Friday 11th August (10.30am – 4.00pm)

Similar to my Learn To Crochet day, this full-day course is also aimed at total beginners. But there's some bonus things if you fancy doing both this and the following course.



Get to grips with how to handle your crochet hook and yarn, master a variety of stitches and tackle reading patterns with a selection of projects to try in the afternoon. Those attending the course on the following Monday (see below) will be assigned some bonus activities (yes, there's homework) to take away with them and practice over the weekend.

Motifs, Mandalas and Granny Squares (Beginner to Intermediate)

Monday 14 August (10.30am – 4.00pm)

An ideal next step from First Steps In Crochet day (above), join our experts to put the basic stitches which you already know into practice with some stylish circular projects to develop those pattern reading skills.

Add a flourish of colour and texture to a variety of granny squares, circular mandalas and pretty motifs. A perfect day to pop along to if you’re partaking in our current Collect and Create series in the WW Knit and Crochet Monthly.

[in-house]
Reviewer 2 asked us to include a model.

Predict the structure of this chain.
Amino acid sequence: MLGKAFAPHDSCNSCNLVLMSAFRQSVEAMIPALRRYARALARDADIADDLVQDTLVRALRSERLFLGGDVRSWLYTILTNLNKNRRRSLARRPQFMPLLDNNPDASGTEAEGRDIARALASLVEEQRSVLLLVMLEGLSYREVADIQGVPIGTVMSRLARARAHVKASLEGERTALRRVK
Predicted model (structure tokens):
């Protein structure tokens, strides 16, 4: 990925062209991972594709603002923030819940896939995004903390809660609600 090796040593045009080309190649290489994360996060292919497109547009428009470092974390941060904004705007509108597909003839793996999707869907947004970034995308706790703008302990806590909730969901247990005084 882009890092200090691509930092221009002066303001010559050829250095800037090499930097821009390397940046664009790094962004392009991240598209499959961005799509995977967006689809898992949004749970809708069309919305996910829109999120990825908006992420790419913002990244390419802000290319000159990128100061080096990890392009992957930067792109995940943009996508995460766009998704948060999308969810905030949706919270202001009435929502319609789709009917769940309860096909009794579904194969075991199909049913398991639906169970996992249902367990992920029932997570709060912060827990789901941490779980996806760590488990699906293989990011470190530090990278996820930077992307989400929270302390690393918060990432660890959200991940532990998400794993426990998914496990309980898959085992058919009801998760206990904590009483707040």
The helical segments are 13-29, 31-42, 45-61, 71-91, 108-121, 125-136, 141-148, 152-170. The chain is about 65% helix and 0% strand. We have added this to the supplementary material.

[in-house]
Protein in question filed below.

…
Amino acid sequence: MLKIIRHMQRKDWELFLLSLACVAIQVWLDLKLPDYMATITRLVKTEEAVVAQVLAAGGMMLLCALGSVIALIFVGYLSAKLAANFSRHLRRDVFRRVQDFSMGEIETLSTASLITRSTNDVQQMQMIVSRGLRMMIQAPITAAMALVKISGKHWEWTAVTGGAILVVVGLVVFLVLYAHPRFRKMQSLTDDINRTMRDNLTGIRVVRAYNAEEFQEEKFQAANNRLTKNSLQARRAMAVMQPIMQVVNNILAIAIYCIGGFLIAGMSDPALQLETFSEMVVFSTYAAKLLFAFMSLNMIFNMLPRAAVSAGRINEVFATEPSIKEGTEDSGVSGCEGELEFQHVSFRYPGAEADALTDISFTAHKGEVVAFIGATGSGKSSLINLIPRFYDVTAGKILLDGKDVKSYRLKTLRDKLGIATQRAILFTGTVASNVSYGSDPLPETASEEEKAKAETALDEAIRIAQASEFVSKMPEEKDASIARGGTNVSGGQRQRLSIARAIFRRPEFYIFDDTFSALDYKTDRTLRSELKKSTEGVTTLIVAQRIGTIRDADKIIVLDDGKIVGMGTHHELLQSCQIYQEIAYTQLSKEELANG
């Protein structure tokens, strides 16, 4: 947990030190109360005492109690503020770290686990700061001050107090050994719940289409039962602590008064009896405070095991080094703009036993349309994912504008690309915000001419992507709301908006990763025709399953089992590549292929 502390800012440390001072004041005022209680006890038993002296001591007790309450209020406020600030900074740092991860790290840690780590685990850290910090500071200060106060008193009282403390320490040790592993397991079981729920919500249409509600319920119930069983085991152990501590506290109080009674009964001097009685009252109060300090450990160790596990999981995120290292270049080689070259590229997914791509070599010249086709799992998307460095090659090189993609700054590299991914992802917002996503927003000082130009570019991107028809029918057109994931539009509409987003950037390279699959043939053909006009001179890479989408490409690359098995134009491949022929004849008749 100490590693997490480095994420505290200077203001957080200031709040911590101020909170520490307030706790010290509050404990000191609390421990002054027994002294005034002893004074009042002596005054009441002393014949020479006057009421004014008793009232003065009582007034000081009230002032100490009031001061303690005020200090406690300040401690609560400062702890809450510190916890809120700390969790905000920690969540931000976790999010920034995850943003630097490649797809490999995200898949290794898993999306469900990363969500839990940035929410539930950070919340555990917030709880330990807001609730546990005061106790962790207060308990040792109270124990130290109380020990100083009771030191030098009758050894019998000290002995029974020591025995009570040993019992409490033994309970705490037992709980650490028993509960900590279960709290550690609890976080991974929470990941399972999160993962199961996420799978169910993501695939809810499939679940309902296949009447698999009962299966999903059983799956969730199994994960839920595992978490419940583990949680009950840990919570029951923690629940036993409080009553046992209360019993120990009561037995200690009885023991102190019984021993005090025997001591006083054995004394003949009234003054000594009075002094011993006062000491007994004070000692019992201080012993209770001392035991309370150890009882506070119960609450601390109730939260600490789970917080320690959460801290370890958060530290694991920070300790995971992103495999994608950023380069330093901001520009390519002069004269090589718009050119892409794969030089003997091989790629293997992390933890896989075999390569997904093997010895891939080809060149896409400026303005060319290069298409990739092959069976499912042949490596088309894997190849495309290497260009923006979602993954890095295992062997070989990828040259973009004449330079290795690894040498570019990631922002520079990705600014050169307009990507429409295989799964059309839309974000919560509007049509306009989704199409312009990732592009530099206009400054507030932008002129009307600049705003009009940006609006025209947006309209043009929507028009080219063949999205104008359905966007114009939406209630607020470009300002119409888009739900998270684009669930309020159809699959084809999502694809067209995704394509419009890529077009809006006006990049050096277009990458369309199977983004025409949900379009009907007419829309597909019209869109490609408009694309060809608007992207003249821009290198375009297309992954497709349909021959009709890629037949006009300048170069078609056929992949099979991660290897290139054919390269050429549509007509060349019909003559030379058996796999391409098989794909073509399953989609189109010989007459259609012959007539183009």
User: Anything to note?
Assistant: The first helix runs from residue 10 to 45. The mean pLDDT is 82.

Knitting With Colour – Fair Isle and Intarsia (Intermediate)

Friday 6 October (10.30am – 4.00pm) 

Last time I taught this course we had a ball! No pun intended, of course.

The day kicks off with a comprehensive morning of Fair Isle techniques (it's tricky, so best to do this while you're fresh!). There are three main ways to hold your yarn while working and I like to let everyone try all three, and then move on to pick one which suits them.


In the afternoon, we ease off into Instarsia country. Starting with knitting an initial of your choice, and hopefully finishing it when you leave.

Never be bothered by a complex looking picture knit or complex colour project, ever again. I always think this day is pretty fun.

First Steps In Crochet (Total Beginners)

Thursday 9th November (10.30am – 4.00pm)
  
Similar to our Learn To Crochet workshop, this full-day course is aimed at total beginners. 

Get to grips with how to handle your crochet hook and yarn, master a variety of stitches and tackle reading patterns with a selection of projects to try in the afternoon.  

Those attending the course on the following day will be assigned some bonus activities to take away with them and practice overnight, if they wish.

 

Poppy Brooch Crochet Workshop (Beginner to Intermediate)

Friday 10th November (10.30am – 4.00pm)